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Efficacy of a natural mineral complex in North American adults with osteoarthritis of the knee: a randomized double-blind placebo-controlled study

Authors Evans M, Wilson D, Guthrie N

Received 15 July 2014

Accepted for publication 18 August 2014

Published 3 October 2014 Volume 2014:6 Pages 91—103

DOI https://doi.org/10.2147/OARRR.S71161

Checked for plagiarism Yes

Review by Single anonymous peer review

Peer reviewer comments 3

Editor who approved publication: Professor Chuan-Ju Liu


Malkanthi Evans, Dale Wilson, Najla Guthrie

KGK Synergize Inc., London, ON, Canada

Purpose: This study evaluated the efficacy of a hydrothermal mineral complex (HMC) supplement in participants with knee osteoarthritis.
Patients and methods: This was a double-blind, placebo-controlled, 12-week crossover study with 150 participants receiving either placebo or HMC for 4 weeks, with a 4-week washout period. The primary endpoint was WOMAC™ pain, and secondary endpoints were WOMAC™ physical function and stiffness, the 36-Item Short Form Health Survey (SF-36), high-sensitivity C-reactive protein, tumor necrosis factor a, interleukin 6, and safety.
Results: There were no significant differences in WOMAC™ pain, stiffness, or physical function scores between groups. Within groups, subjects on both HMC and placebo reported improvements (P<0.001) in all WOMAC™ domains. HMC performed significantly better in total SF-36 scores (P=0.05) and physical function (P=0.02), and had improved total physical activity (P=0.06) and social functioning (P=0.09) scores compared with placebo. Within groups, physical function (P=0.01), limitations due to mental health/emotional well-being (P=0.02), bodily pain (P=0.001), and total physical (P=0.003) and mental health scores (P=0.02) improved in participants on HMC, whereas improvements in bodily pain (P=0.001), general health (P=0.01), and total physical activity (P=0.04) were reported in placebo. Subjects on HMC with body mass index (BMI) <25 kg/m2 showed a trend toward decreased pain scores (P=0.10), while pain increased in those administered placebo. Minimal clinically important improvement (MCII) in WOMAC™ pain scores increased from 28% of HMC-administered participants at week 2 to 41% at week 4, and decreased to 37% after 2 weeks of washout. In comparison, 41% of placebo-administered subjects achieved MCII by week 2 and week 4. A 10.4% greater increase in tumor necrosis factor α levels was seen in participants receiving placebo than those receiving HMC (P=0.07). There were no differences between groups in adverse events.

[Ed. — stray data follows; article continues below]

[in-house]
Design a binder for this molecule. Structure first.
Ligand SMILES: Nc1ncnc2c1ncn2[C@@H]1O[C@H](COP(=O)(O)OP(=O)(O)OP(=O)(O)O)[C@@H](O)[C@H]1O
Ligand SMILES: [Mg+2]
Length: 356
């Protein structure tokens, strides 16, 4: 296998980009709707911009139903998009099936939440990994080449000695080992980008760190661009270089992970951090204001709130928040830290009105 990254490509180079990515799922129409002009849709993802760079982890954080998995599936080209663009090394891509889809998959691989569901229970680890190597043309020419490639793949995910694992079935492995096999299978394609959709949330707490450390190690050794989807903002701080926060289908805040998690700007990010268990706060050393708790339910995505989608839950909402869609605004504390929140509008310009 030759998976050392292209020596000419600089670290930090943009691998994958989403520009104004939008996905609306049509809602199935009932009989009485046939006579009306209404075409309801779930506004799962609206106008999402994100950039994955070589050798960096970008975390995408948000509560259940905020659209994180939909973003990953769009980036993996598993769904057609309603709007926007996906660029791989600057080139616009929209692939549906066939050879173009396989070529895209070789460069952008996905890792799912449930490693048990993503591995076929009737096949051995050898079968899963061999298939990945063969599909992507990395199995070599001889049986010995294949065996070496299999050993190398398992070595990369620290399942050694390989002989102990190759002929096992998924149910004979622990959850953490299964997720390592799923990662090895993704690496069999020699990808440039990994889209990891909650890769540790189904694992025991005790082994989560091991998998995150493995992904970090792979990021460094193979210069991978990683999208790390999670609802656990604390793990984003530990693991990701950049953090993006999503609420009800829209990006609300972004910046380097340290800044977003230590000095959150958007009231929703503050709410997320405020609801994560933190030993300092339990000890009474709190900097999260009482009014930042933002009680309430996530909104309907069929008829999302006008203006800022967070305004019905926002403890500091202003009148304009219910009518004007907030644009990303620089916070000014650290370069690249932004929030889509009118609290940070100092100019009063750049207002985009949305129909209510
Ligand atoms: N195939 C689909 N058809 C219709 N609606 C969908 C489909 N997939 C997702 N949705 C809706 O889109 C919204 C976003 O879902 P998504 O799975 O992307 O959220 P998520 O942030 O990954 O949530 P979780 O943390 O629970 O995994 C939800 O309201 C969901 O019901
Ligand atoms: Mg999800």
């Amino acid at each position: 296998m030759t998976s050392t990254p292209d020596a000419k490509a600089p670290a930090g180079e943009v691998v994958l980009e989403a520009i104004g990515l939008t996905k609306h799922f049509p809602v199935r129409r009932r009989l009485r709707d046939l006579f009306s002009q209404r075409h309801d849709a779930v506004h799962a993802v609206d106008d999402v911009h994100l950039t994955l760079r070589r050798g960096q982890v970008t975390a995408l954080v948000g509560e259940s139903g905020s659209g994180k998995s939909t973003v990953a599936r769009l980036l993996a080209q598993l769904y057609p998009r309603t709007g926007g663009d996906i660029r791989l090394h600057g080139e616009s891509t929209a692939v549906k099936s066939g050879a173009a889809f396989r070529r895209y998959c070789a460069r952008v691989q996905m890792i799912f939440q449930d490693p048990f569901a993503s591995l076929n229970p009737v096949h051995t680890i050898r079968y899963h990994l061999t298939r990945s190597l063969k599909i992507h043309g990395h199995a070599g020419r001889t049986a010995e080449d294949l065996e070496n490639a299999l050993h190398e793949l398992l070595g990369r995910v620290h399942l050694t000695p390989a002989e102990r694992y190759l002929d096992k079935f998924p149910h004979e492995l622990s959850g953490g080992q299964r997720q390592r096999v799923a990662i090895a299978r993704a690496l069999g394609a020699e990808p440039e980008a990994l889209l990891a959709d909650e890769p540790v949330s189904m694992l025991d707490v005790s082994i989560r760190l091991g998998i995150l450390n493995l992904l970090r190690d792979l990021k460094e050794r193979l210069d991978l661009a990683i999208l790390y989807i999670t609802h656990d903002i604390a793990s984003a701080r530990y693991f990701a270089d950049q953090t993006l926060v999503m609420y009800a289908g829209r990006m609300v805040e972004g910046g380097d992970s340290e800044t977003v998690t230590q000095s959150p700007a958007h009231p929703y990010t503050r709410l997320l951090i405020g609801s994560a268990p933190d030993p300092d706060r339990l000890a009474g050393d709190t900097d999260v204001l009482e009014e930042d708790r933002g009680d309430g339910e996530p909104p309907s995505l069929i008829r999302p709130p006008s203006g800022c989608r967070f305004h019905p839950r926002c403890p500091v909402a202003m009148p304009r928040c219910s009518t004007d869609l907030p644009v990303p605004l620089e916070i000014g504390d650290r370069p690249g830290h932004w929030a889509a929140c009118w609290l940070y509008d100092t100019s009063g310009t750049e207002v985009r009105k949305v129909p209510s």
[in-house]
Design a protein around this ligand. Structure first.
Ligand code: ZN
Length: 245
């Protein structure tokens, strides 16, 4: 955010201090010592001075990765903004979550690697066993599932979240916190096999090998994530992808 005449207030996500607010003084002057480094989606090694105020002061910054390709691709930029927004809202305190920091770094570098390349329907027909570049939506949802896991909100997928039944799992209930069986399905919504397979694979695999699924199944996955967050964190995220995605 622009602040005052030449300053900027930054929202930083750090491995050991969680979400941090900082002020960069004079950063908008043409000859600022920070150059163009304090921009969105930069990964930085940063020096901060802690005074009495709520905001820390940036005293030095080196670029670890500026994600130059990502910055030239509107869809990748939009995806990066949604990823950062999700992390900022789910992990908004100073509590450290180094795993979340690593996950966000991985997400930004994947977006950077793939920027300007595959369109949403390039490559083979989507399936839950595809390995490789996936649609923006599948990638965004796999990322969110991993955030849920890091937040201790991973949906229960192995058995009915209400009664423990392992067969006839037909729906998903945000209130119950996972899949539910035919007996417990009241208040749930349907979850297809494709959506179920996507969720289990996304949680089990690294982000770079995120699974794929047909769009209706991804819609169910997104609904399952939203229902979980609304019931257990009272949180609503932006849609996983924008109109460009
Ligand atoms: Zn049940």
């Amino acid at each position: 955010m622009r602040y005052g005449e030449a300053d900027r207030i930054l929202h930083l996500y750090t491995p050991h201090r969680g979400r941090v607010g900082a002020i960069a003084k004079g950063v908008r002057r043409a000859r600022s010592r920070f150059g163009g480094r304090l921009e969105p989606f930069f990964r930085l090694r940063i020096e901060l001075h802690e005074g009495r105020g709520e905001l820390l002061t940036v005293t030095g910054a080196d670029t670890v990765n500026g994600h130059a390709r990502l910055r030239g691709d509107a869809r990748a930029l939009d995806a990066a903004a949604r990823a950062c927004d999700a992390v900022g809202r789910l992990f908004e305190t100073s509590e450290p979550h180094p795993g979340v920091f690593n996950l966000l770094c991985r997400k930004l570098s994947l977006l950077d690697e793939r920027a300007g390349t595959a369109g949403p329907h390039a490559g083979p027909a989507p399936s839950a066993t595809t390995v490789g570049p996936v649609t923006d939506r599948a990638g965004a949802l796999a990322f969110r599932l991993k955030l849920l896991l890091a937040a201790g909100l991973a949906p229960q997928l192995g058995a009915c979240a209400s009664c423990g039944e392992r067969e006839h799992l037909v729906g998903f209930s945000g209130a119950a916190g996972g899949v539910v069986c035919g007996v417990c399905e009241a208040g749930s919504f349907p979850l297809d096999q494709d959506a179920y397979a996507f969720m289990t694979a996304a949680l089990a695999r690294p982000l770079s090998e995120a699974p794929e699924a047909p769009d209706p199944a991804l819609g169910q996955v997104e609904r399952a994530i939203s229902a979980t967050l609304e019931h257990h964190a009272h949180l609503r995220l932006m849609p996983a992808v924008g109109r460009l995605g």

Conclusion: HMC significantly improved physical function and total physical activity, improving the quality of life of participants. HMC was most effective in normal-weight subjects. Increased dosage may be required for North American subjects with BMI >25 kg/m2.

Keywords: knee osteoarthritis, WOMAC™, SF-36, hydrothermal mineral complex

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